- Use a credit card for every expense you can possibly charge.
- Use a card that gives you frequent flyer miles or some other benefit that you'll actually take advantage of.
- Only charge as much as you can pay off in full every month-- don't carry a balance.
I know this is controversial-- a lot of people caution against credit card use, saying that it's easy to go crazy spending money without seeing how it affects your bank balance. They'd rather use cash or debit cards, thinking this will keep them in control better, and for some people, that may be the right way to go. But if you can keep your expenses in perspective and not spend more than you can pay off, here's why it's a good idea:
-- you are basically getting a free short term loan for a few weeks, as no finance charges are due if you pay your bill in full every month.
-- you get a printed record of exactly what you spent your money on, monthly and usually a summary at the end of the year. It's harder to keep track of cash. Knowing what you spend your money on is the first step to being able to see where you can save.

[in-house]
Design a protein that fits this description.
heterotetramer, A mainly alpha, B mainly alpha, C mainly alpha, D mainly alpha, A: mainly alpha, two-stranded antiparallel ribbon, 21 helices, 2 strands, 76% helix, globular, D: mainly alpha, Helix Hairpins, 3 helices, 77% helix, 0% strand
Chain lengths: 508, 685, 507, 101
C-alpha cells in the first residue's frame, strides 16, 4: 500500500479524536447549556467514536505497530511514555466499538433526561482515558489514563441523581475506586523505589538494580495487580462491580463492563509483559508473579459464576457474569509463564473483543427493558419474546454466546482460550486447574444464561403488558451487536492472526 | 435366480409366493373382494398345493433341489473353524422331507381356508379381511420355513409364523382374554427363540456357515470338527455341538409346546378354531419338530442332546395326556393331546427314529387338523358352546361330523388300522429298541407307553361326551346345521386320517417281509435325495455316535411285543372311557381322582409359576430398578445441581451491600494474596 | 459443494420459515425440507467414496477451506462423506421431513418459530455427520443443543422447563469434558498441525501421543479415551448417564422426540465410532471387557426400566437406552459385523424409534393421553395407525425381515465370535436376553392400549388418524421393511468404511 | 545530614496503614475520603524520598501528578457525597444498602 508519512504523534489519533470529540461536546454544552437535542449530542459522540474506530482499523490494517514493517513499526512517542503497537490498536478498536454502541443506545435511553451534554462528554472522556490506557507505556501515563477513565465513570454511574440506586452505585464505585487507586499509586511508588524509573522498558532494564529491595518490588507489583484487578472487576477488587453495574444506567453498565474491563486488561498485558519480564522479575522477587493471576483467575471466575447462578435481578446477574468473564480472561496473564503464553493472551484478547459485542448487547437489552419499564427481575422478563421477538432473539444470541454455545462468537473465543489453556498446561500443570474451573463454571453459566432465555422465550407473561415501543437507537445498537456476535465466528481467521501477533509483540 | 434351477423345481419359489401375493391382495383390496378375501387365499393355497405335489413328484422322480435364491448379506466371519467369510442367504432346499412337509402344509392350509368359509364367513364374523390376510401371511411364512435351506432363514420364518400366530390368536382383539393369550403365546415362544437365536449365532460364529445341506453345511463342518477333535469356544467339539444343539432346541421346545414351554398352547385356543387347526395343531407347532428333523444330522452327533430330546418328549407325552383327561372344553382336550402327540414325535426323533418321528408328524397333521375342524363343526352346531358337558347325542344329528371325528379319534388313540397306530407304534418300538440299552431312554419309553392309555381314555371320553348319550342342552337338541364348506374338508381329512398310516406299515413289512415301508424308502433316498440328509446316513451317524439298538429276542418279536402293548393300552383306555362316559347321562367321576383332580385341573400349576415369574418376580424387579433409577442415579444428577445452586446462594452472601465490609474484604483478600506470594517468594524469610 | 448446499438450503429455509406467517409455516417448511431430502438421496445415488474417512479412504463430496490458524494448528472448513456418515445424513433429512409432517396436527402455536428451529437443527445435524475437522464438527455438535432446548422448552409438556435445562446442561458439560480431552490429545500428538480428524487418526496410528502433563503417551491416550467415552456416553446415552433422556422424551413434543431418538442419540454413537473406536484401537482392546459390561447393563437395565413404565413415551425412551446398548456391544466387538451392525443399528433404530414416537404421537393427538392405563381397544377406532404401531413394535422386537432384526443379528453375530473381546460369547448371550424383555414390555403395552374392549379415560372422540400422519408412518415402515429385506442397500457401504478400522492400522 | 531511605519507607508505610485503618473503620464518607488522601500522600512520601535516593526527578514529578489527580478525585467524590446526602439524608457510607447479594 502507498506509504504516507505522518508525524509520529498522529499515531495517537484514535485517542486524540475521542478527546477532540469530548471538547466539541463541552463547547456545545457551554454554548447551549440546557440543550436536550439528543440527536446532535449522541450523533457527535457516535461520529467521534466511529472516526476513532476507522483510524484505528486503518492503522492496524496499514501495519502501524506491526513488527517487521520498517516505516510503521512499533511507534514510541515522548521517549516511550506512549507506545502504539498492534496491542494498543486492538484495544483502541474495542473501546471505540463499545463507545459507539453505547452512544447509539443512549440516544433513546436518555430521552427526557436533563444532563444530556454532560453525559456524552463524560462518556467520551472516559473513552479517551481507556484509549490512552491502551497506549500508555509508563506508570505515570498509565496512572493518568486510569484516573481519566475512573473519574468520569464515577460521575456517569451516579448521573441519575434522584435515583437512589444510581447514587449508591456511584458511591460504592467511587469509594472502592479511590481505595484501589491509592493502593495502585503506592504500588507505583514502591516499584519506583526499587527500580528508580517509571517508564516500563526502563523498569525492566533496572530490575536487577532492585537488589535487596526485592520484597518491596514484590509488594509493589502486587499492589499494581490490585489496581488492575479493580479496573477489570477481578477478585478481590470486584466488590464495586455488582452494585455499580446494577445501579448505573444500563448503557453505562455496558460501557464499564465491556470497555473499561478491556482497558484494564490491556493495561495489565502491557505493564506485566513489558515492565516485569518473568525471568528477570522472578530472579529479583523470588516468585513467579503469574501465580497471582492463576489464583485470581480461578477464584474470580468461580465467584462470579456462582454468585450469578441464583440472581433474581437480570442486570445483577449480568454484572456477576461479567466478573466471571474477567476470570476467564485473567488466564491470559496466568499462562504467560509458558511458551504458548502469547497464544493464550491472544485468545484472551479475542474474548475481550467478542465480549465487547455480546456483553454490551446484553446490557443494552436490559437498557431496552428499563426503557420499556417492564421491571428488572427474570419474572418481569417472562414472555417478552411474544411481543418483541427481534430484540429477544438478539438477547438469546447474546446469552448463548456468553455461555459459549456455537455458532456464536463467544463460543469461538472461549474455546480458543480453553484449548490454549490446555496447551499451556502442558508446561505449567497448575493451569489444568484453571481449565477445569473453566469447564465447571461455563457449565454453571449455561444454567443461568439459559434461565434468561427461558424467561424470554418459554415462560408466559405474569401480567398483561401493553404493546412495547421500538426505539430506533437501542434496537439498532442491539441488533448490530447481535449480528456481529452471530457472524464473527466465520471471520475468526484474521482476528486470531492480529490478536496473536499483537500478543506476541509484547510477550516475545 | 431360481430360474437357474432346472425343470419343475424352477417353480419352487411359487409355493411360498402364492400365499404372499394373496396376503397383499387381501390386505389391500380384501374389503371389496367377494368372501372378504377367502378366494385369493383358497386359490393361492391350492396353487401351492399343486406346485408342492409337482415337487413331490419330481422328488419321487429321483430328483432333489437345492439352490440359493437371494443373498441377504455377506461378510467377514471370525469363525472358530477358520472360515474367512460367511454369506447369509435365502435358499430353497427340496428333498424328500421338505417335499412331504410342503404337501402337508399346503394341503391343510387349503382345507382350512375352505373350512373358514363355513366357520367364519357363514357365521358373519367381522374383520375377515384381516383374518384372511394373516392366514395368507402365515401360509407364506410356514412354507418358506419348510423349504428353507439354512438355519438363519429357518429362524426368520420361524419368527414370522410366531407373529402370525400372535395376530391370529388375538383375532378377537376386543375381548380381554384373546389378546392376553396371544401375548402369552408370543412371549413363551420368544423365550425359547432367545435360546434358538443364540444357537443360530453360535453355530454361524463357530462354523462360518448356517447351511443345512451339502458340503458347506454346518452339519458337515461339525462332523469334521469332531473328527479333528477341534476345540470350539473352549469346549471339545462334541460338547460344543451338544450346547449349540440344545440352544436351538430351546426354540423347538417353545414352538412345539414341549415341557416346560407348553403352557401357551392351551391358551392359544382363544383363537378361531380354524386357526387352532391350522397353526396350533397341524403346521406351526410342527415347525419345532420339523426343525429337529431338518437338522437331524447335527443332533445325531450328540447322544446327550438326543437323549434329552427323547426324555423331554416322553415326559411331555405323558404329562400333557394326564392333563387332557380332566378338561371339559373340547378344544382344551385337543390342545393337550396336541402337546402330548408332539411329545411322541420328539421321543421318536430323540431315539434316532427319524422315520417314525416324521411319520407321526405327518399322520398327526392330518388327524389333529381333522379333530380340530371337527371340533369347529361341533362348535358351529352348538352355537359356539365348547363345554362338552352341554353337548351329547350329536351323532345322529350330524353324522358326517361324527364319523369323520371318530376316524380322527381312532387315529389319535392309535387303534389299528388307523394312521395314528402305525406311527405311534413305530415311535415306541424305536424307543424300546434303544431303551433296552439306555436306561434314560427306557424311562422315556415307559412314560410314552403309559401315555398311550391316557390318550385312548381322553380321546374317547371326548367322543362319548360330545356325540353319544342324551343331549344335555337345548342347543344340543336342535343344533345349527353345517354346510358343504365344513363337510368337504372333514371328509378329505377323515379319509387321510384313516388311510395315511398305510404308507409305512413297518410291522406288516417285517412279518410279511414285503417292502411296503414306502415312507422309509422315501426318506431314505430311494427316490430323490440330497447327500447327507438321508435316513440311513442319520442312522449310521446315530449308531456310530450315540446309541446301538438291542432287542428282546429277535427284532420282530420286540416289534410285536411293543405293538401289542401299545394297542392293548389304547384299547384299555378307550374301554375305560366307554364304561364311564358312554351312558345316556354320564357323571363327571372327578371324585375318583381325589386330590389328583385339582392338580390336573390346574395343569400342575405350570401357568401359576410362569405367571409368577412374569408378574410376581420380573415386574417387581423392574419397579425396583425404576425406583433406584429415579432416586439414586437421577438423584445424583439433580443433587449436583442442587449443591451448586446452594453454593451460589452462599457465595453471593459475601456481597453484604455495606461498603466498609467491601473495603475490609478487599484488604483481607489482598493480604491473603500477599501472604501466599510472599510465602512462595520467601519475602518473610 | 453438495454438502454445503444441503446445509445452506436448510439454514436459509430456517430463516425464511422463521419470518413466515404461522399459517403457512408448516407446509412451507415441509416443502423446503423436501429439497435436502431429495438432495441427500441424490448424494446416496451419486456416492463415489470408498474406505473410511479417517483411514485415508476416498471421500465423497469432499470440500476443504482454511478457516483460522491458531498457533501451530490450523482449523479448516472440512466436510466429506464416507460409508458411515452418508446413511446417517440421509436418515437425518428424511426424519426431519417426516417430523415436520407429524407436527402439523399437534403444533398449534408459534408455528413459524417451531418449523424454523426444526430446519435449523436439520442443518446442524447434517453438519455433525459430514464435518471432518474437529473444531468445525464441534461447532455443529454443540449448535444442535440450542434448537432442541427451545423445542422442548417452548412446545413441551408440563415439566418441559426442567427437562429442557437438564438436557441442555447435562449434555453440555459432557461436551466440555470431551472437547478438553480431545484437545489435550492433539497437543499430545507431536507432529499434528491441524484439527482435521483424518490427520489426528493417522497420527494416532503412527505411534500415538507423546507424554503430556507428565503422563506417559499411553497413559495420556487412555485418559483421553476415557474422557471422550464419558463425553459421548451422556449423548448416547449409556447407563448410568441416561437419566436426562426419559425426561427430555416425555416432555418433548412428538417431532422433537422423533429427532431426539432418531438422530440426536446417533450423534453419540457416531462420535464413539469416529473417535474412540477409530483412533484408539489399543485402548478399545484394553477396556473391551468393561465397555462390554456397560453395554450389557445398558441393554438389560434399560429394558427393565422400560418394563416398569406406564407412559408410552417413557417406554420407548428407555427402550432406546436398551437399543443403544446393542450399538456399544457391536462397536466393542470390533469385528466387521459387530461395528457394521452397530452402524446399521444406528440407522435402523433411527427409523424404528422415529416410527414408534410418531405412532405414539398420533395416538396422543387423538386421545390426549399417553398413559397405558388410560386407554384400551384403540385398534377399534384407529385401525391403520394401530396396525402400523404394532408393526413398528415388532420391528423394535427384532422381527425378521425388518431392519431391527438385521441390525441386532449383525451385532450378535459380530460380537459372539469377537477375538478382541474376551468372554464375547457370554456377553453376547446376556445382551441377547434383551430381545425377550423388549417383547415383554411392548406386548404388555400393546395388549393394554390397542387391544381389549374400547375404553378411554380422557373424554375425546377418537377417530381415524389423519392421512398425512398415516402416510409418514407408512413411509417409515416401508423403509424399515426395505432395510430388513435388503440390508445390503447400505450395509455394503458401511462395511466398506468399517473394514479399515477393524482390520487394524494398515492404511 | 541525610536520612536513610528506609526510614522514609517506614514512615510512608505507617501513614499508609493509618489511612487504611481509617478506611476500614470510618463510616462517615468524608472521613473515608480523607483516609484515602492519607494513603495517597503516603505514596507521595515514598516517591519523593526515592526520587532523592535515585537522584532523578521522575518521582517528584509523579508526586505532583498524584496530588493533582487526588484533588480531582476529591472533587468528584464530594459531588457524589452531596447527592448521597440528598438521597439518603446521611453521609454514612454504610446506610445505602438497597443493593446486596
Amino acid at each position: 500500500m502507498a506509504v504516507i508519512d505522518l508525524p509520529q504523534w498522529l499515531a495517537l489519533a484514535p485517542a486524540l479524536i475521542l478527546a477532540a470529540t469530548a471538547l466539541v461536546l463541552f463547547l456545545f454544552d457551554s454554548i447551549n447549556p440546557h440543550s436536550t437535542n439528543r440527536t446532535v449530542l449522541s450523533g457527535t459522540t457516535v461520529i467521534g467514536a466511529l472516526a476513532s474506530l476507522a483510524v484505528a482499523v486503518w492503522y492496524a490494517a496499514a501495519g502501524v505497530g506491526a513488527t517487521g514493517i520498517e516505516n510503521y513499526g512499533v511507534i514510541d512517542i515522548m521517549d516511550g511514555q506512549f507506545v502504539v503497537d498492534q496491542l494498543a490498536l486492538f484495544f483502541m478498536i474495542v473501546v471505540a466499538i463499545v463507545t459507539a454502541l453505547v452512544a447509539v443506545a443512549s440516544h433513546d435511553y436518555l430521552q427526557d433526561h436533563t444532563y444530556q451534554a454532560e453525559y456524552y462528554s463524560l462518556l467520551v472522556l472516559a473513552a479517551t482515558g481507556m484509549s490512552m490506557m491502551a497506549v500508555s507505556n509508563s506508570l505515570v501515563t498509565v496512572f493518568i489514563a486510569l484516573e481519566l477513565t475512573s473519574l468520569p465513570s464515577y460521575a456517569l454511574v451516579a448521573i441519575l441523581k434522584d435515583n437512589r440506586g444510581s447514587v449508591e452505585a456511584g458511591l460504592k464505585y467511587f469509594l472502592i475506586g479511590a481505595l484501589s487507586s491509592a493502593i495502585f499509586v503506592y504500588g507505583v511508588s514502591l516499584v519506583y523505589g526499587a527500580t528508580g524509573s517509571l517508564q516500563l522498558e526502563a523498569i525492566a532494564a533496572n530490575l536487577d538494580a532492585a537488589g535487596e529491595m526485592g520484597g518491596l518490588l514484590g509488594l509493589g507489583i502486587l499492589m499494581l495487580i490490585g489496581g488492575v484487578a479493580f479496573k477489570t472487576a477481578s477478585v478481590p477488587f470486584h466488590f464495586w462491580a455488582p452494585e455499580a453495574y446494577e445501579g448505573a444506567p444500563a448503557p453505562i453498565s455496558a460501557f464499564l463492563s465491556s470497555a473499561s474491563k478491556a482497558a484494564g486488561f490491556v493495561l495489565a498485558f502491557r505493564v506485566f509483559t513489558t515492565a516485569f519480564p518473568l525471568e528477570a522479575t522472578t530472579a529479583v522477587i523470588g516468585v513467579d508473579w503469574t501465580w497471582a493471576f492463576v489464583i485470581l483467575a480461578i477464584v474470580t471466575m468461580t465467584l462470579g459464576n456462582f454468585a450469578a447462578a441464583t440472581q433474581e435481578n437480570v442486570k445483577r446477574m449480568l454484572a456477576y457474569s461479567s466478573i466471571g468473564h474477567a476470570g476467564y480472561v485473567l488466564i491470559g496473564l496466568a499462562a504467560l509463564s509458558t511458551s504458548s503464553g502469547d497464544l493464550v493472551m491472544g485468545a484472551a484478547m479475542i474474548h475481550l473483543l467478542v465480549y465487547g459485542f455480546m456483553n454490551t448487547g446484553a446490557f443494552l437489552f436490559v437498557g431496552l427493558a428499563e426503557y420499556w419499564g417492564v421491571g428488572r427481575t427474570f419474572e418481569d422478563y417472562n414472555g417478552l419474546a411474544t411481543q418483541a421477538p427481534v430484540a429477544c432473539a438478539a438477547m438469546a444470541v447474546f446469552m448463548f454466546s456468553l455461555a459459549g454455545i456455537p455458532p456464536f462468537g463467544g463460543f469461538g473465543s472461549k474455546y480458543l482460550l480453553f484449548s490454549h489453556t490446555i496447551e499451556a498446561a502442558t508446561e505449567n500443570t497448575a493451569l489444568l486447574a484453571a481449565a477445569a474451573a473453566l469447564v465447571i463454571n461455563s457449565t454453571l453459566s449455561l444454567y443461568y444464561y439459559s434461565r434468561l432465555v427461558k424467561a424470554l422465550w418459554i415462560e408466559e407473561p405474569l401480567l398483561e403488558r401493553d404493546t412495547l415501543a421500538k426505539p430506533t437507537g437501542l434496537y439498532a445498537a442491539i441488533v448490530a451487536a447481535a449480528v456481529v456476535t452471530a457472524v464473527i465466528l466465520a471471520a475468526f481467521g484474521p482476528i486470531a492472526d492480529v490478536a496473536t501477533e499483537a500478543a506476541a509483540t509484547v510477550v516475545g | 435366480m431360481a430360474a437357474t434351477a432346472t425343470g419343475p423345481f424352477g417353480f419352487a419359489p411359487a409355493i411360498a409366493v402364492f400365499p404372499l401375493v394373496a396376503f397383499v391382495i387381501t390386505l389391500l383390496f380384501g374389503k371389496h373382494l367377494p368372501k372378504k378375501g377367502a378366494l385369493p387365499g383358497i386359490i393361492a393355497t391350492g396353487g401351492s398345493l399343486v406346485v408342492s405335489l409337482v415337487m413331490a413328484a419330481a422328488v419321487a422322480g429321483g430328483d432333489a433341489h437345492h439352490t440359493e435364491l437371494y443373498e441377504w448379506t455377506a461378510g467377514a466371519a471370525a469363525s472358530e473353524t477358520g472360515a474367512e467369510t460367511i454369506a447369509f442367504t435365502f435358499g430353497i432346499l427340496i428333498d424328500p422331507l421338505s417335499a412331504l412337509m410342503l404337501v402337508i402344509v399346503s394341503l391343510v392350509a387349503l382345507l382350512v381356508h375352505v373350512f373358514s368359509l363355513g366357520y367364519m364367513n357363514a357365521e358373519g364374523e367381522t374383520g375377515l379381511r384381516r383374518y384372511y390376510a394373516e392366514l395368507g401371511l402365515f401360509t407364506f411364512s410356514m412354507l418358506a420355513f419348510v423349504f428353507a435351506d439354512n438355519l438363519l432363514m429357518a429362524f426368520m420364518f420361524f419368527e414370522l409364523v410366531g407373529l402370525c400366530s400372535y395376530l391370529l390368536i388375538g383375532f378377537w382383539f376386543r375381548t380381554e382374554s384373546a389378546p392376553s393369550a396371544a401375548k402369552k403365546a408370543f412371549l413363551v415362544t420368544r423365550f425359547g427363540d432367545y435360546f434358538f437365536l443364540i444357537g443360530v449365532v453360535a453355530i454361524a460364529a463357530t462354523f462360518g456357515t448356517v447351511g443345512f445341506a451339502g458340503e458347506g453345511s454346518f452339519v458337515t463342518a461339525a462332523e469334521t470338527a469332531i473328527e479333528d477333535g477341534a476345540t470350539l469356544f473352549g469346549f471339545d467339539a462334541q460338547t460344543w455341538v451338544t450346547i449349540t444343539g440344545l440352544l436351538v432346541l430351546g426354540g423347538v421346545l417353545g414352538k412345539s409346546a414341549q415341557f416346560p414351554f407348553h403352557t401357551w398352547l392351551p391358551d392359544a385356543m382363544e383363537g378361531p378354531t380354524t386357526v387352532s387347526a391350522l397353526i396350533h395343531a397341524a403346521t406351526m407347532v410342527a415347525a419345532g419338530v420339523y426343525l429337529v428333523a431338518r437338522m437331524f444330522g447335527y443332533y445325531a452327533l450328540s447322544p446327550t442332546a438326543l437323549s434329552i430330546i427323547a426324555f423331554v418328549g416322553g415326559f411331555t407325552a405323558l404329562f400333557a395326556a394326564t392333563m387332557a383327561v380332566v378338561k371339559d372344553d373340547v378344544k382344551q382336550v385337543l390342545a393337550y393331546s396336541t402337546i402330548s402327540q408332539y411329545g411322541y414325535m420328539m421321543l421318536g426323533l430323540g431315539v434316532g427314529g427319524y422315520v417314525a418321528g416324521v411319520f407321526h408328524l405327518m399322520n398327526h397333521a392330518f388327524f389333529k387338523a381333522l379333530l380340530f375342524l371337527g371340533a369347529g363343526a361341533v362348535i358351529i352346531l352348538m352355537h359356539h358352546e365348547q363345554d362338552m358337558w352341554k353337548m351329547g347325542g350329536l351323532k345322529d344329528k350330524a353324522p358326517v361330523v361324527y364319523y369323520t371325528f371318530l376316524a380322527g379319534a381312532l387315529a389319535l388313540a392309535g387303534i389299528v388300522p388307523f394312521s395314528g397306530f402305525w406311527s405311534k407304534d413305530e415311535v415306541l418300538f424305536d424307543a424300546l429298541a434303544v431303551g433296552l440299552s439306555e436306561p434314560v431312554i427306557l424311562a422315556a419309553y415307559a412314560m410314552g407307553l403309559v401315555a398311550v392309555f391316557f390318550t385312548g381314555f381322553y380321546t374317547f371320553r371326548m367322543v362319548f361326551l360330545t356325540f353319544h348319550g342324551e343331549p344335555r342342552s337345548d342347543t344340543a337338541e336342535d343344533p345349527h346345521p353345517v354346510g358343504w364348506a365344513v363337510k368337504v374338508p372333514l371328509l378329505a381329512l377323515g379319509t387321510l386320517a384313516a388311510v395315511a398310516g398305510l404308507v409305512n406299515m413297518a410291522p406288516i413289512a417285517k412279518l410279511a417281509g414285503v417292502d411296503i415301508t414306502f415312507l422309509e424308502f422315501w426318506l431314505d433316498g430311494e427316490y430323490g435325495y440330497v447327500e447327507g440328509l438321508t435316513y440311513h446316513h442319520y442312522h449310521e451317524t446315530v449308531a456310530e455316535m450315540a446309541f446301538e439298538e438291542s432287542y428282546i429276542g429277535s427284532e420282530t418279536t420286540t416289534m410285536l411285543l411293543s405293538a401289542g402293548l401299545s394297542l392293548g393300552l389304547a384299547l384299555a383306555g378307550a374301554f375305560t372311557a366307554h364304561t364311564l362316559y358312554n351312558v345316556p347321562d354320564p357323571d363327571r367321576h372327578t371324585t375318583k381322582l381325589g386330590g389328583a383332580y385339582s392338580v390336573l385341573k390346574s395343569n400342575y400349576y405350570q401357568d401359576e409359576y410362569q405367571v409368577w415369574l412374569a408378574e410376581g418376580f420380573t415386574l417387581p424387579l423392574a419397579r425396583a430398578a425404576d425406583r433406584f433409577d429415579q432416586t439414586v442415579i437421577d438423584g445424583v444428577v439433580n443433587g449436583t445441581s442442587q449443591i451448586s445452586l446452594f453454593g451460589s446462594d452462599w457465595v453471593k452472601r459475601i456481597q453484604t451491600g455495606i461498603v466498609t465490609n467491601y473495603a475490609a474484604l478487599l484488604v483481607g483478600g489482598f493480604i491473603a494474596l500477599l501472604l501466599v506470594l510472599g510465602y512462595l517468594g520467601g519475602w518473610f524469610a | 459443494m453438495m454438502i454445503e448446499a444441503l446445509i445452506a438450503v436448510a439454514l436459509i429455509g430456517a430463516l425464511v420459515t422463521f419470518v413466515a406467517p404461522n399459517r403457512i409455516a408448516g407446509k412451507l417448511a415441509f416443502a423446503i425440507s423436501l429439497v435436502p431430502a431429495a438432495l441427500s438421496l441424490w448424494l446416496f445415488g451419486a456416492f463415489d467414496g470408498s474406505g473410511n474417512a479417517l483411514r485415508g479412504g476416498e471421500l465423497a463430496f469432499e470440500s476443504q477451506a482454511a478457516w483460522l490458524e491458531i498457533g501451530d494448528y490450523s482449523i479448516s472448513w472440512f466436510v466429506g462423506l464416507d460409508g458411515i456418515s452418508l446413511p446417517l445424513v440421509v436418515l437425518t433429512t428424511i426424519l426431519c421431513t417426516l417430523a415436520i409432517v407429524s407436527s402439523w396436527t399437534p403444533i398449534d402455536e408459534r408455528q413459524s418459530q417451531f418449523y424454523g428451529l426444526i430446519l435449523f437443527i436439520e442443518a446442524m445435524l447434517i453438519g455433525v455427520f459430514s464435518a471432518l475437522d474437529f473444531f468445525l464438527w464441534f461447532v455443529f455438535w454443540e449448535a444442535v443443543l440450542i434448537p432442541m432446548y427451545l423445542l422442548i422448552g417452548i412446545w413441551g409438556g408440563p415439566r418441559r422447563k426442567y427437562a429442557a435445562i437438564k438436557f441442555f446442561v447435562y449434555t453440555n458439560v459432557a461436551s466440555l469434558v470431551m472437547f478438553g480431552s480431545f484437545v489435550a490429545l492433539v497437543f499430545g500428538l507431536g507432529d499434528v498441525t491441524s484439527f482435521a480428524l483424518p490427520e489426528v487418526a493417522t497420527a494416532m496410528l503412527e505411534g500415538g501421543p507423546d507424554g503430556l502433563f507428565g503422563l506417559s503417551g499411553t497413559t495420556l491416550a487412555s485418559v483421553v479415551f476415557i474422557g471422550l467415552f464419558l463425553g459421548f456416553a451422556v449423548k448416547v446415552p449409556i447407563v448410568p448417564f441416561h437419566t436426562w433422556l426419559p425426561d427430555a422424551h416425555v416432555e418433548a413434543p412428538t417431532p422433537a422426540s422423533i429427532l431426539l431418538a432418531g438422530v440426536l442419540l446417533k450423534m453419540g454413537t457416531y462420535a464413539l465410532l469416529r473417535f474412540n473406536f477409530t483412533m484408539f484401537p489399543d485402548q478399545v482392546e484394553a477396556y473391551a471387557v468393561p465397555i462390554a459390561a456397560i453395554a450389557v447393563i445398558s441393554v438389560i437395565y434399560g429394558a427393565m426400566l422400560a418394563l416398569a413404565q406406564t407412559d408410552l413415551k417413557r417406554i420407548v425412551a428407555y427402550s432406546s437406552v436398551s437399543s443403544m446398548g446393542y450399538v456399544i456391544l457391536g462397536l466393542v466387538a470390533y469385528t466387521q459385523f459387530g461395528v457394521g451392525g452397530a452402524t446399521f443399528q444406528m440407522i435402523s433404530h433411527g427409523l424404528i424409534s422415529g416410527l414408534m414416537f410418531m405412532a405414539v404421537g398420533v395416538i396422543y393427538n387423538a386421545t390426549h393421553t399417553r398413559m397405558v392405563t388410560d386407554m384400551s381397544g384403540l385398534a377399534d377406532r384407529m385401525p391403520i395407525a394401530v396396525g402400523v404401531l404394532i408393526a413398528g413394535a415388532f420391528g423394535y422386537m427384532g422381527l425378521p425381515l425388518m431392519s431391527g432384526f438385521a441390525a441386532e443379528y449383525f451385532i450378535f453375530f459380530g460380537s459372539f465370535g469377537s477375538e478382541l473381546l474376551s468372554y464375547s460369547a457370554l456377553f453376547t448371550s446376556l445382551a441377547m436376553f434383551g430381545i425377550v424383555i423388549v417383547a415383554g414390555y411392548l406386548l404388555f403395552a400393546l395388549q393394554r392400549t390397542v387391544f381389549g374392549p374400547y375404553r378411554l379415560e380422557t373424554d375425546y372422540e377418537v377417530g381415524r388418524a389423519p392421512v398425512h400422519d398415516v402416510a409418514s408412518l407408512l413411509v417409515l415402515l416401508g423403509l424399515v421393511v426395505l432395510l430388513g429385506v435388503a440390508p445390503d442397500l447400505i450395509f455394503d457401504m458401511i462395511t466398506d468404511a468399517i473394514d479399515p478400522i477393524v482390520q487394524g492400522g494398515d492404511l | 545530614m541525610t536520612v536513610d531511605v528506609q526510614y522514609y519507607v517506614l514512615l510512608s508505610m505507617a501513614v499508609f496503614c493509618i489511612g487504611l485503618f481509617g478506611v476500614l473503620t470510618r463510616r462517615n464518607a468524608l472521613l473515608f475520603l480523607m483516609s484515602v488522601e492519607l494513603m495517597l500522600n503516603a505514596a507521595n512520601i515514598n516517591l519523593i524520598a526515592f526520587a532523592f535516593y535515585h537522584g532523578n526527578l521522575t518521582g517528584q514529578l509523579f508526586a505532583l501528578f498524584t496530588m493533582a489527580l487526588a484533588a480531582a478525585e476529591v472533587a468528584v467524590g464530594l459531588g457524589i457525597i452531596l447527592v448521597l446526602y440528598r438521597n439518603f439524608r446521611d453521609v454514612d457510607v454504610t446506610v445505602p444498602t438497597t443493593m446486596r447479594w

-- if you use Quicken or another financial tracking program, you can set up online access and download your transactions right into the program.
-- if the card has a good rewards program, you can save a lot of money. I use a United Airlines Visa, and between credit card use and actual flights, I've earned enough miles for an average of one international round trip for each of the past 5 years. Some of this was based on business use reimbursed by my company, but that's at least $3000 or so that I've saved on airfare. My card has a $50 annual fee but it pays for itself!
Obviously, if you can't pay off the card every month, you should avoid using it, and if you have a credit card balance, you should do everything you can to pay it off, before the high interest buries you! When I was in my early 20s, I ran up a balance and switched cards a few times to take advantage of those "no interest on transferred balances for the first 3 months" kind of offers. But as soon as I had any cash, I tried to pay off the cards. I have known people who had built up some savings, and still carried large credit card debts. "But my savings are earning interest!" they'd say. It makes sense to keep some savings for emergencies, but you're probably paying 10 times more in interest on the credit card balance than your savings is earning, so just pay off as much as you can.